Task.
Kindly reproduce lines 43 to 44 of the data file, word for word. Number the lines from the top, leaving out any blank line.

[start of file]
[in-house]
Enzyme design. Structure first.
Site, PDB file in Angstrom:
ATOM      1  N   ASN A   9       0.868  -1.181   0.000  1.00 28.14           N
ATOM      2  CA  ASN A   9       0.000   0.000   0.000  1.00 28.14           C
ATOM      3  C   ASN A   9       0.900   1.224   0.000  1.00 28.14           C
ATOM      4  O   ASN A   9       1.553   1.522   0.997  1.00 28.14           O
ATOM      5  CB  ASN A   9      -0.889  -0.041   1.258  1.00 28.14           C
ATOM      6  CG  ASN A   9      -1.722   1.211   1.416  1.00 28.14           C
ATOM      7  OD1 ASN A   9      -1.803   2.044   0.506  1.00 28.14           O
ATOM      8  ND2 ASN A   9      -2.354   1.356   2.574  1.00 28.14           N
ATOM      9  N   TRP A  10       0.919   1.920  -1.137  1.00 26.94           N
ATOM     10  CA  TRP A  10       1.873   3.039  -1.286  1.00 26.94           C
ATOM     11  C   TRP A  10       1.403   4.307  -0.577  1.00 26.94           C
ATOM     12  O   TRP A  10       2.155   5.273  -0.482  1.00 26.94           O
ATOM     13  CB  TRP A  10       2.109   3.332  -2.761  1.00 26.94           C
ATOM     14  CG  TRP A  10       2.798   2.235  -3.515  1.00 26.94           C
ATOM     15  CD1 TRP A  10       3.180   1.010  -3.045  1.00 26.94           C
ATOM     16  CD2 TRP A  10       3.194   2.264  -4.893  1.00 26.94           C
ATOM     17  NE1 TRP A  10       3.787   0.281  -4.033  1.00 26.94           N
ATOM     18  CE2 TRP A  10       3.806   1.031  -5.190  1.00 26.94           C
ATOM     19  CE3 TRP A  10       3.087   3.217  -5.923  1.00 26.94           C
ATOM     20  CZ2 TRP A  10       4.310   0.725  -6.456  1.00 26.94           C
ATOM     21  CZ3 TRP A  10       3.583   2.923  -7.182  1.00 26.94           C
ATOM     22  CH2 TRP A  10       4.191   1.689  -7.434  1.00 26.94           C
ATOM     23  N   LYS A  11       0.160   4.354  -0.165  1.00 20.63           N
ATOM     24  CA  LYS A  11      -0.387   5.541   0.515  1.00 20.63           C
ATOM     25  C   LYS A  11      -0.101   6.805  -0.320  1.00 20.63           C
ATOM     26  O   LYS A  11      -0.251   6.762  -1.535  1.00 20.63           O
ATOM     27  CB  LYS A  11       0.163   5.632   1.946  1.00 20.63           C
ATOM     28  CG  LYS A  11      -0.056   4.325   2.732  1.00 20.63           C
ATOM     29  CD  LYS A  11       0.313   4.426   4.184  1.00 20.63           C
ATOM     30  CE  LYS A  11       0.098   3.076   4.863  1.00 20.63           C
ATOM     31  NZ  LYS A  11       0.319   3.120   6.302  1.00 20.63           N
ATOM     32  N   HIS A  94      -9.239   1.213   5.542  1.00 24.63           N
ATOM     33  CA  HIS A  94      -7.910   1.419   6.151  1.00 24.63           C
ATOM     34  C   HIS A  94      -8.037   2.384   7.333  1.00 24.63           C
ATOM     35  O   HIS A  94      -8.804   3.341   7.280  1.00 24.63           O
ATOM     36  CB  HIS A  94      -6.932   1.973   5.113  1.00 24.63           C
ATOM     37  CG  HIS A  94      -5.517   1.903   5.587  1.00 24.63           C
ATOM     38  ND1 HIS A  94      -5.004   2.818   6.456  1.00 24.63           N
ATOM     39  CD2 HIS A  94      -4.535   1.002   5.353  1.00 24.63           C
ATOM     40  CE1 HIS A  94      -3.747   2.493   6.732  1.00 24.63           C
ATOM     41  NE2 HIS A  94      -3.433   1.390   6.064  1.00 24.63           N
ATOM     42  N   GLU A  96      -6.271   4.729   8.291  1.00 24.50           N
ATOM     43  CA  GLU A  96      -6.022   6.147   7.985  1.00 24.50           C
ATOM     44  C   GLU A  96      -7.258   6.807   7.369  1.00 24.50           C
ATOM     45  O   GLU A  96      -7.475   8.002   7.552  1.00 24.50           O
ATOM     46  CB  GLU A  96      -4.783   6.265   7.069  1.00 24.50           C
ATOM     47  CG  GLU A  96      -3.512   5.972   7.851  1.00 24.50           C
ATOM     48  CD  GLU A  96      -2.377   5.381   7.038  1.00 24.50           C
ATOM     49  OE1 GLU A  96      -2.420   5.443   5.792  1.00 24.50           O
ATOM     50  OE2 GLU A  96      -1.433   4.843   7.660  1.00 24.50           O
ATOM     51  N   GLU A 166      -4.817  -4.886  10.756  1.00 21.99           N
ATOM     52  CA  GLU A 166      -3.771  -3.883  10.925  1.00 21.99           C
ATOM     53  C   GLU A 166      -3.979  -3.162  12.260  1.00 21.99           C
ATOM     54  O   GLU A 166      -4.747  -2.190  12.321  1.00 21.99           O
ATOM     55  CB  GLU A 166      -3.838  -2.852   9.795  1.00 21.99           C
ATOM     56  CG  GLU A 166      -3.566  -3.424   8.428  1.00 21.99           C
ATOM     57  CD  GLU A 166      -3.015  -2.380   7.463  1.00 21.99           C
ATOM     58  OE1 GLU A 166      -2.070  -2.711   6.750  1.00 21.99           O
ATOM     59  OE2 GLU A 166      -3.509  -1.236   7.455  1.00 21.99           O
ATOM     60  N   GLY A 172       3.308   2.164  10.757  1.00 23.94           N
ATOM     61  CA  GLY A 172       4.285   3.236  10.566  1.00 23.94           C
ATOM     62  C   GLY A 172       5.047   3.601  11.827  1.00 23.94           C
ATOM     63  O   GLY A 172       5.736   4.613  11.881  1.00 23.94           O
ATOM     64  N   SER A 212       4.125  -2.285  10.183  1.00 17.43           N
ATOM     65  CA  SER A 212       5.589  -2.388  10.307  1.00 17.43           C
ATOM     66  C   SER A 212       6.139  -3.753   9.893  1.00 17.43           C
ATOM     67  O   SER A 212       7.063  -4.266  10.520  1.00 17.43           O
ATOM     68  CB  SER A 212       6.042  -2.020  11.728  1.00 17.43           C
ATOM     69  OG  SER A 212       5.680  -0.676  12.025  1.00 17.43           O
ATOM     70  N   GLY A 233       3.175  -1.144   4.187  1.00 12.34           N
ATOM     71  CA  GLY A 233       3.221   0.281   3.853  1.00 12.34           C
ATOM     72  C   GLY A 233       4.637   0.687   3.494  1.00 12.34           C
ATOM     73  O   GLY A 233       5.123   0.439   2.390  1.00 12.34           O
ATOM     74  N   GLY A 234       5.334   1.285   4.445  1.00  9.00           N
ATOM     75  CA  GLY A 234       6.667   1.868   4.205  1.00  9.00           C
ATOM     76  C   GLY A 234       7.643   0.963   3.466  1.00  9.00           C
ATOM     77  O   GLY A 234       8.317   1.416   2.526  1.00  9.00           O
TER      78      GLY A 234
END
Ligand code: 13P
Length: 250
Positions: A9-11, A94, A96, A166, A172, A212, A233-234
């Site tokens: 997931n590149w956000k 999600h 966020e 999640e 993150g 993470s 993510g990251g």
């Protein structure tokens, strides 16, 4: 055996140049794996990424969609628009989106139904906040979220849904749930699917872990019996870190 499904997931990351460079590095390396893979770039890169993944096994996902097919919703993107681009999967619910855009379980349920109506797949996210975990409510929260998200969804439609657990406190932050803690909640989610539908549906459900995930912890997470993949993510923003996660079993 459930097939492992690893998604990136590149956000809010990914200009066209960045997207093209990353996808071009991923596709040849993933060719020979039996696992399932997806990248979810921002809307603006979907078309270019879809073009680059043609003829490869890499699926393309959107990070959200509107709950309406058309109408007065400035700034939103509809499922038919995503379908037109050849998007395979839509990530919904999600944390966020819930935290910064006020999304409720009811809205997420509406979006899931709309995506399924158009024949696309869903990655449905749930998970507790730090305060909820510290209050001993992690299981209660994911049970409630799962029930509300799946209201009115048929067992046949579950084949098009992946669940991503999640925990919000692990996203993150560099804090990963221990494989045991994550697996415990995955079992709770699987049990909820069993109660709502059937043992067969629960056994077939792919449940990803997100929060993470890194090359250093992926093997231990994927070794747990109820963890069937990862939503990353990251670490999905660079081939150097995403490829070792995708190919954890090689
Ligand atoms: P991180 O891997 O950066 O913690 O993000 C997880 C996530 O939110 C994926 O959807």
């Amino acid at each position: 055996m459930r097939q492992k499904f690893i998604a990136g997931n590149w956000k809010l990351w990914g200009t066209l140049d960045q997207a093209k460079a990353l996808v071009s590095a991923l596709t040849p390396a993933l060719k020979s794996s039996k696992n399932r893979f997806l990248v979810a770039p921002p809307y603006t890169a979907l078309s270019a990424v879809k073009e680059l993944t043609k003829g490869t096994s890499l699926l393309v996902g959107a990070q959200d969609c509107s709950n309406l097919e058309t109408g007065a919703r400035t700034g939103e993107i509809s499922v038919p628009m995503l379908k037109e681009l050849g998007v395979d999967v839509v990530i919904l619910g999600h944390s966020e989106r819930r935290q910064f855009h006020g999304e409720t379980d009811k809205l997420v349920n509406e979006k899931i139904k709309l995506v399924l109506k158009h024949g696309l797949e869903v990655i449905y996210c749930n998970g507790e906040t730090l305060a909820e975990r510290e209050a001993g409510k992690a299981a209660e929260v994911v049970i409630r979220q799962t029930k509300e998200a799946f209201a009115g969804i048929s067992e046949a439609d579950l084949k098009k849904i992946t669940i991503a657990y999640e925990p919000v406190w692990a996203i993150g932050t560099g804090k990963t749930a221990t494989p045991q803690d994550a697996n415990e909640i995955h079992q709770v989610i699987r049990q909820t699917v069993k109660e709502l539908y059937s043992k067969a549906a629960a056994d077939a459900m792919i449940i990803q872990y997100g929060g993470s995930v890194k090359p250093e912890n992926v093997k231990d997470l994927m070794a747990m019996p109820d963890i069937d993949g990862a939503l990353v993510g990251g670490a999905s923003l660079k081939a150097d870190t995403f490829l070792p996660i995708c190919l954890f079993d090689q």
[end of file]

ATOM     40  CE1 HIS A  94      -3.747   2.493   6.732  1.00 24.63           C
ATOM     41  NE2 HIS A  94      -3.433   1.390   6.064  1.00 24.63           N